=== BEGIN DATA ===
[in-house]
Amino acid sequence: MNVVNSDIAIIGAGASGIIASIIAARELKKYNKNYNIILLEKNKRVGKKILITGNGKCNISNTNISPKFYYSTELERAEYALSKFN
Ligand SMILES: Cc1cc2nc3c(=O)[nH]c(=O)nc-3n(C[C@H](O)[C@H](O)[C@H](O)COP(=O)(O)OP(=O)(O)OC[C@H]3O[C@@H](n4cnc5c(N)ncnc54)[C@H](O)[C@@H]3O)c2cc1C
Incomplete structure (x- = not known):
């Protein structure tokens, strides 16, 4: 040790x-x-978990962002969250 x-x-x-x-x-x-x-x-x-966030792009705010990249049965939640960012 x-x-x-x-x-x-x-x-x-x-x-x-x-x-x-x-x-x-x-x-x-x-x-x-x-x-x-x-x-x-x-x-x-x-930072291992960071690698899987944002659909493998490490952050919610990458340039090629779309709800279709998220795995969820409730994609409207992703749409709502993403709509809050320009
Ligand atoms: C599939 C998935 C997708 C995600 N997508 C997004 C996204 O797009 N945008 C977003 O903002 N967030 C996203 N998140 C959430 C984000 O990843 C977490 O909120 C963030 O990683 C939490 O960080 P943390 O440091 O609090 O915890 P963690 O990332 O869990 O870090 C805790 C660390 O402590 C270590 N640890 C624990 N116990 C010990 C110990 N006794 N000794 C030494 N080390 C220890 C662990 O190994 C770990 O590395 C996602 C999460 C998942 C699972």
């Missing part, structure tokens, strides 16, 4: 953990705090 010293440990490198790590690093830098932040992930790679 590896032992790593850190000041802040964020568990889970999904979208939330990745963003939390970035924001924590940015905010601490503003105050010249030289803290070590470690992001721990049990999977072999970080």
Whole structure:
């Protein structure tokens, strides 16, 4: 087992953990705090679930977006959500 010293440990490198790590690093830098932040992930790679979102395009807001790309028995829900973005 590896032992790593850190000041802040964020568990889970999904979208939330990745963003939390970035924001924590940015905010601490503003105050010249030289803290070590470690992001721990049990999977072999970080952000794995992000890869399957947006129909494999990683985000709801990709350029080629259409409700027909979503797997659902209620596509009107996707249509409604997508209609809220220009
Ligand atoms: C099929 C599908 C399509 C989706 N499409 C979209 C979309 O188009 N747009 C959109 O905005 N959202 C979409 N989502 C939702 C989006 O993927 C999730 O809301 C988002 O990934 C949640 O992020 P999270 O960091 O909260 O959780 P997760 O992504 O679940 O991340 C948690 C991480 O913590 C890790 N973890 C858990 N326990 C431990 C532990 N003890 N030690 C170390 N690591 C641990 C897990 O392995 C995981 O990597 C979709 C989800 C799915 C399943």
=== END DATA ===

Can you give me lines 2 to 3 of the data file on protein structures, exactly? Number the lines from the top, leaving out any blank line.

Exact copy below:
Amino acid sequence: MNVVNSDIAIIGAGASGIIASIIAARELKKYNKNYNIILLEKNKRVGKKILITGNGKCNISNTNISPKFYYSTELERAEYALSKFN
Ligand SMILES: Cc1cc2nc3c(=O)[nH]c(=O)nc-3n(C[C@H](O)[C@H](O)[C@H](O)COP(=O)(O)OP(=O)(O)OC[C@H]3O[C@@H](n4cnc5c(N)ncnc54)[C@H](O)[C@@H]3O)c2cc1C